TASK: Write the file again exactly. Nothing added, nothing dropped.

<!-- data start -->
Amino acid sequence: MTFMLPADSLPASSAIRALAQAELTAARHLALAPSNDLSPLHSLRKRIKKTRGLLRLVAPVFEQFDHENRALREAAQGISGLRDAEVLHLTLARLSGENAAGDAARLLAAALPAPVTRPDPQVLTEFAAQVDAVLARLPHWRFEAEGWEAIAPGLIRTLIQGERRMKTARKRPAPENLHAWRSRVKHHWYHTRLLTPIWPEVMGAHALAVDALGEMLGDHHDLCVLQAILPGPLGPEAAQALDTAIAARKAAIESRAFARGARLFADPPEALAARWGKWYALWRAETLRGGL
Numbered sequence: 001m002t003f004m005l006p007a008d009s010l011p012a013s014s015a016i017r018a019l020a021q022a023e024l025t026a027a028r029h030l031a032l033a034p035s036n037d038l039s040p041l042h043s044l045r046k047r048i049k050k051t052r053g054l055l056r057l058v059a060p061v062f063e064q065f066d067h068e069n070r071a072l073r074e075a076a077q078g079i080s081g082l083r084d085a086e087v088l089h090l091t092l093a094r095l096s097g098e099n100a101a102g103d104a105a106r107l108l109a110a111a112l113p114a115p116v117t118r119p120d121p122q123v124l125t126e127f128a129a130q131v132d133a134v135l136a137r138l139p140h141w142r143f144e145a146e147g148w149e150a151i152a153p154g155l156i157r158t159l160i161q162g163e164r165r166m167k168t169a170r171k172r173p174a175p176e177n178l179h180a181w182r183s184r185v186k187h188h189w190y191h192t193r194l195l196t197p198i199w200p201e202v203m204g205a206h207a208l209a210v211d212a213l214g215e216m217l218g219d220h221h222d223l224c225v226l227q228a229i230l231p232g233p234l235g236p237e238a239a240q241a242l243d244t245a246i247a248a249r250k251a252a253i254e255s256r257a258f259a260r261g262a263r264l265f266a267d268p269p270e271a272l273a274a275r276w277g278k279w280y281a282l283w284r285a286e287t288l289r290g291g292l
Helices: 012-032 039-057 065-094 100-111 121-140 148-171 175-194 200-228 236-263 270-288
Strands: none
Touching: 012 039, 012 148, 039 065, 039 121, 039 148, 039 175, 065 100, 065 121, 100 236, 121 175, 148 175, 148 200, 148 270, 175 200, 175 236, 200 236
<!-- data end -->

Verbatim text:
Amino acid sequence: MTFMLPADSLPASSAIRALAQAELTAARHLALAPSNDLSPLHSLRKRIKKTRGLLRLVAPVFEQFDHENRALREAAQGISGLRDAEVLHLTLARLSGENAAGDAARLLAAALPAPVTRPDPQVLTEFAAQVDAVLARLPHWRFEAEGWEAIAPGLIRTLIQGERRMKTARKRPAPENLHAWRSRVKHHWYHTRLLTPIWPEVMGAHALAVDALGEMLGDHHDLCVLQAILPGPLGPEAAQALDTAIAARKAAIESRAFARGARLFADPPEALAARWGKWYALWRAETLRGGL
Numbered sequence: 001m002t003f004m005l006p007a008d009s010l011p012a013s014s015a016i017r018a019l020a021q022a023e024l025t026a027a028r029h030l031a032l033a034p035s036n037d038l039s040p041l042h043s044l045r046k047r048i049k050k051t052r053g054l055l056r057l058v059a060p061v062f063e064q065f066d067h068e069n070r071a072l073r074e075a076a077q078g079i080s081g082l083r084d085a086e087v088l089h090l091t092l093a094r095l096s097g098e099n100a101a102g103d104a105a106r107l108l109a110a111a112l113p114a115p116v117t118r119p120d121p122q123v124l125t126e127f128a129a130q131v132d133a134v135l136a137r138l139p140h141w142r143f144e145a146e147g148w149e150a151i152a153p154g155l156i157r158t159l160i161q162g163e164r165r166m167k168t169a170r171k172r173p174a175p176e177n178l179h180a181w182r183s184r185v186k187h188h189w190y191h192t193r194l195l196t197p198i199w200p201e202v203m204g205a206h207a208l209a210v211d212a213l214g215e216m217l218g219d220h221h222d223l224c225v226l227q228a229i230l231p232g233p234l235g236p237e238a239a240q241a242l243d244t245a246i247a248a249r250k251a252a253i254e255s256r257a258f259a260r261g262a263r264l265f266a267d268p269p270e271a272l273a274a275r276w277g278k279w280y281a282l283w284r285a286e287t288l289r290g291g292l
Helices: 012-032 039-057 065-094 100-111 121-140 148-171 175-194 200-228 236-263 270-288
Strands: none
Touching: 012 039, 012 148, 039 065, 039 121, 039 148, 039 175, 065 100, 065 121, 100 236, 121 175, 148 175, 148 200, 148 270, 175 200, 175 236, 200 236